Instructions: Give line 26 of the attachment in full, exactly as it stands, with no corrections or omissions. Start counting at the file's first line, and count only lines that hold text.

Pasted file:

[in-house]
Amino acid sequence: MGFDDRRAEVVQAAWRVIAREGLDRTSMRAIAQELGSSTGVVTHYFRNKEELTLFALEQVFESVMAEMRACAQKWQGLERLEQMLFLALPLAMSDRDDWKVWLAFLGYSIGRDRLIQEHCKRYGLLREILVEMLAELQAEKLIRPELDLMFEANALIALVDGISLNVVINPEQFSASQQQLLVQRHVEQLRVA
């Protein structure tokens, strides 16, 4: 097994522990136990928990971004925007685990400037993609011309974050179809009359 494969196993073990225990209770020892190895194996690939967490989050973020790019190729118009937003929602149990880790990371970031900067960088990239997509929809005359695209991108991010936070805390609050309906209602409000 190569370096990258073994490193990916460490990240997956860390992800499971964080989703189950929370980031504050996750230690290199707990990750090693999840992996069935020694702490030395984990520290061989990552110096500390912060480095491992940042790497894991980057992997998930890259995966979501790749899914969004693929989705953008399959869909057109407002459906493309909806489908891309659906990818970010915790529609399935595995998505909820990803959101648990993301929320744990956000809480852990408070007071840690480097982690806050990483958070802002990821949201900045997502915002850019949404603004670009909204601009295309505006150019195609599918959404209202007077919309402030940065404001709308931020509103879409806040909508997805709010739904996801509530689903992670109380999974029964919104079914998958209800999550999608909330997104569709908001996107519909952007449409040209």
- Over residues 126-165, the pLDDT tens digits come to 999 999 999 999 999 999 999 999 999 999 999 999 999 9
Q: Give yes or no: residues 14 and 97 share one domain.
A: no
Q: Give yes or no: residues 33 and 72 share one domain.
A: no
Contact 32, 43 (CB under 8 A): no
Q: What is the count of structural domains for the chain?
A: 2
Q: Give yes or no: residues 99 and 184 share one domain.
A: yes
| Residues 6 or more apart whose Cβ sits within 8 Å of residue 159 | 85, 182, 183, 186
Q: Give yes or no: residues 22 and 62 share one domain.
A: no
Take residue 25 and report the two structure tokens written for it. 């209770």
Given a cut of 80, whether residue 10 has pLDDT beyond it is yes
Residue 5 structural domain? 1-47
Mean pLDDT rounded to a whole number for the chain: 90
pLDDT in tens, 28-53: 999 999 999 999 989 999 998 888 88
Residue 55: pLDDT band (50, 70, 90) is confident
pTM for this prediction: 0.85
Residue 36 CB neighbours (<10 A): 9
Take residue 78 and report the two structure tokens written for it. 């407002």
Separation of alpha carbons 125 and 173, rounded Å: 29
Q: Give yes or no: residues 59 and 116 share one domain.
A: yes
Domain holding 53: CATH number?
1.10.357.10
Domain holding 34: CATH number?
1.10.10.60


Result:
Separation of alpha carbons 125 and 173, rounded Å: 29